‘How To Fix A Drug Scandal’: A Sterilized Tale Of Addiction & Corruption In America [Review]

No one grows up with the aspirations of becoming a drug addict. Yet, for countless individuals across the United States, that nightmare morphs into a reality, an eternal consequence arising from a moment of weakness. While “How to Fix a Drug Scandal” examines the motivation that invokes addiction from the vantage point of a legal documentary, the film’s heart remains rooted in an intimate analysis of how an individual’s personal choices can affect the lives of thousands.

Regarded as the overlooked cogs embedded within the convoluted machine that perpetuates the war on drugs in the United States, drug lab chemists—who are responsible for testing and qualifying contraband—play an essential role in the conviction of those arrested on narcotics-related crimes. Ninety-nine percent of the time, the day-to-day operation of these drug lab chemists, which primarily consists of endless paperwork and mind-numbing routines, is about as spicy as it sounds.

Nevertheless, every once in a crystal blue moon, at least one Sonja Farak will pop up. After the 35-year-old chemist is arrested for tampering with evidence, Farak is thrown into the spotlight, an event that unearths her decade-long battle with crack cocaine and methamphetamine addiction, which was kickstarted by abusing the illegal substances readily at her disposal. Soon after, Annie Dookhan, another Massachusetts drug lab chemist, is accused of falsifying tests, indicating that thousands charged with drug-related misdemeanors might be locked up for nothing. In the wake of these arrests, a handful of defense attorneys discover a cover-up scheme that threatens to uproot the entire U.S. criminal justice system. And that, ladies and gentlemen, is the magic of Netflix documentaries.

Boasting an intricate narrative centered around courtroom proceedings and complex women, Erin Lee Carr was practically born to helm the project; the director’s filmography over the past half-decade encompasses some of the most intriguing true-crime documentaries to hit the market as of late, with “Mommy Dead and Dearest” and “I Love You, Now Die: The Commonwealth v. Michelle Carter” ranking as two highlights. Separated into four episodes, three of which clock in just shy of an hour, “How to Fix a Drug Scandal” works best when consumed in one sitting. Apart from the second entry, which guts the mini-series’ pacing enough to leave a sour aftertaste, the momentum keeps viewers on their toes, anticipating the moment when justice is finally served—if it will ever be served at all.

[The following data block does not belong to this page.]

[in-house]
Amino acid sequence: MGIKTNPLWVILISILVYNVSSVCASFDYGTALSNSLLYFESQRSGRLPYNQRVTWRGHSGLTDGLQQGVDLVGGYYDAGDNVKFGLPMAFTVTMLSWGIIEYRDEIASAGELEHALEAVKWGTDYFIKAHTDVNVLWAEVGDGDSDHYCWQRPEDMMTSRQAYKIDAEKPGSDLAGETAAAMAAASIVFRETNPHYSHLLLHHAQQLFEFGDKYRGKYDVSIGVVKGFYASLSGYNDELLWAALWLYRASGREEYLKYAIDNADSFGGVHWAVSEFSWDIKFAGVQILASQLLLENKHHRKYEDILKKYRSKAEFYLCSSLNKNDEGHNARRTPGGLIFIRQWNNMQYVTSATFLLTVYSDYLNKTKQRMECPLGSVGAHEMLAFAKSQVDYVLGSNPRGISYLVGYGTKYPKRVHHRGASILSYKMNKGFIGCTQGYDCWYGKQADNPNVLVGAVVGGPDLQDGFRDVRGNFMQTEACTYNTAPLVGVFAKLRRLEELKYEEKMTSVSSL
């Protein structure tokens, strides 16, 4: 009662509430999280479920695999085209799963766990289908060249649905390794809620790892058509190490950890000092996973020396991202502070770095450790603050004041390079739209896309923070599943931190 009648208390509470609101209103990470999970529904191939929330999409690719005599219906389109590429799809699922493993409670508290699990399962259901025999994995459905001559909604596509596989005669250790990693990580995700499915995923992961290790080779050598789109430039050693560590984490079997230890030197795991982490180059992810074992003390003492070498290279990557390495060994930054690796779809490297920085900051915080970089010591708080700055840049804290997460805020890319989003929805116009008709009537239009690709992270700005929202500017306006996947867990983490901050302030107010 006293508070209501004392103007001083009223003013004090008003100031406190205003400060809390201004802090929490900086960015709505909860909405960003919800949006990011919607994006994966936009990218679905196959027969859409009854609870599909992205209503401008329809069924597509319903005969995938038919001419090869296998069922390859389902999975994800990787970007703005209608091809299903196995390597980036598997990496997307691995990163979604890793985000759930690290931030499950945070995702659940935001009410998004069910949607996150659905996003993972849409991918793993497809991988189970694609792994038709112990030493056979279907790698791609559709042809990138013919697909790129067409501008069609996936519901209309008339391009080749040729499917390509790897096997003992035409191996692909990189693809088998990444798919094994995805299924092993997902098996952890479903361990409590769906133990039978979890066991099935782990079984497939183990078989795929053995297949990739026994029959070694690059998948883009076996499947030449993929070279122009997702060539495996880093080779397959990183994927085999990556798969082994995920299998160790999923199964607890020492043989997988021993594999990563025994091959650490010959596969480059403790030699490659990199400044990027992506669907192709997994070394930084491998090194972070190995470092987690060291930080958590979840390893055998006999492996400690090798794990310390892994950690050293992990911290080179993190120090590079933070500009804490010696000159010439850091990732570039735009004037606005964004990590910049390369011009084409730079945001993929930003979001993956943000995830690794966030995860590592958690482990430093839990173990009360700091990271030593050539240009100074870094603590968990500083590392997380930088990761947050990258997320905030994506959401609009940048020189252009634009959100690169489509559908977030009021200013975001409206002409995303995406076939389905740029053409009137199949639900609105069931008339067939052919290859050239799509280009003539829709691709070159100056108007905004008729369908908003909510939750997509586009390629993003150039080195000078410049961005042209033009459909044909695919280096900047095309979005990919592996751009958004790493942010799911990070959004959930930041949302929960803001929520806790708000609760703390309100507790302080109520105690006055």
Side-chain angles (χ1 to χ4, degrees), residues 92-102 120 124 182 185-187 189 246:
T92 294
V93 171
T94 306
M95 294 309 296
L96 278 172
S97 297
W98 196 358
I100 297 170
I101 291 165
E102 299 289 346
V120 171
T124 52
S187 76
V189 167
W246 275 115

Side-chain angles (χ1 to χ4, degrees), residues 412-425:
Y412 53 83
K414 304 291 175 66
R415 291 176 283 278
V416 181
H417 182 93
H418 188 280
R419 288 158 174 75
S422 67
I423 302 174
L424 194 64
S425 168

Equipped with an adult sensibility and an abundance of worthwhile conversation starters, Carr’s investigative Netflix Original removes itself from the sparkly melodrama of “Miss Americana” or the jaw-dropping, internet-noir surrealism of “Don’t F**k with Cats” by methodically slicing away at the biases surrounding addiction and fixating on the irreparable defects within the criminal justice system in the United States. “How to Fix a Drug Scandal” provokes dejected frustration and agitated awe in equal strides by showcasing the flawed humanity of those dedicated to upholding the law as well as those trapped beneath it.

Unfortunately, as opposed to its Netflix Original counterparts—if you have yet to watch “Don’t F**k With Cats,” it is fantastic—or ESPN’s “30 for 30” series, which spawned the game-changing “O.J.: Made in America,” a documentary such as “How to Fix a Drug Scandal,” although exemplary in its efforts, cannot stand toe-to-toe with the competition; its presentation, while enlightening, tastes stale and comes across as old-fashioned at points. For a film looking to combat the effigy of a perfect nation, “How to Fix a Drug Scandal” needed razor-sharp claws and a soul-shaking bark; but its final presentation is too sterile and toothless to impart an unforgettable impression. By balancing a portrait of destructive habits with the shattered foundation of justice in the United States, a center point endures unestablished, transforming the four-part series into a surface-level information dump.

As opposed to comparable true-crime documentaries that warrant a story pieced together over the span of multiple entries, “How to Fix a Drug Scandal” would have benefited from a significant reduction in runtime. Trimming the doc from four parts down to a single 120-minute or three-hour film solves the recurring issue of repetition, forces loose plot threads to coagulate and injects a sense of urgency. Figuratively speaking, “How to Fix a Drug Scandal” emanates the vibe of a brilliant essay stuck in the first draft stage; the genius of the author and the topic alike remain apparent, but typos, meandering sentences, and overstepping the designated word count clearly indicate the necessity for second-draft amendments and the work of a shrewd editor.

Nonetheless, in spite of its lethargic demeanor and tiresome structure, “How to Fix a Drug Scandal” justifies at least one attentive viewing if only to witness the marvelous perseverance of the defense attorneys—genuine heroes—determined to enact change despite facing insurmountable opposition over the span of years. Likewise, both the attorneys and Carr warrant all the acclaim in the world for refusing to sit back and let unfairness wash away the truth, and in the midst of a culture growing more indifferent by the day, witnessing justice triumph over corruption cannot help but put a smile on your face. [C+]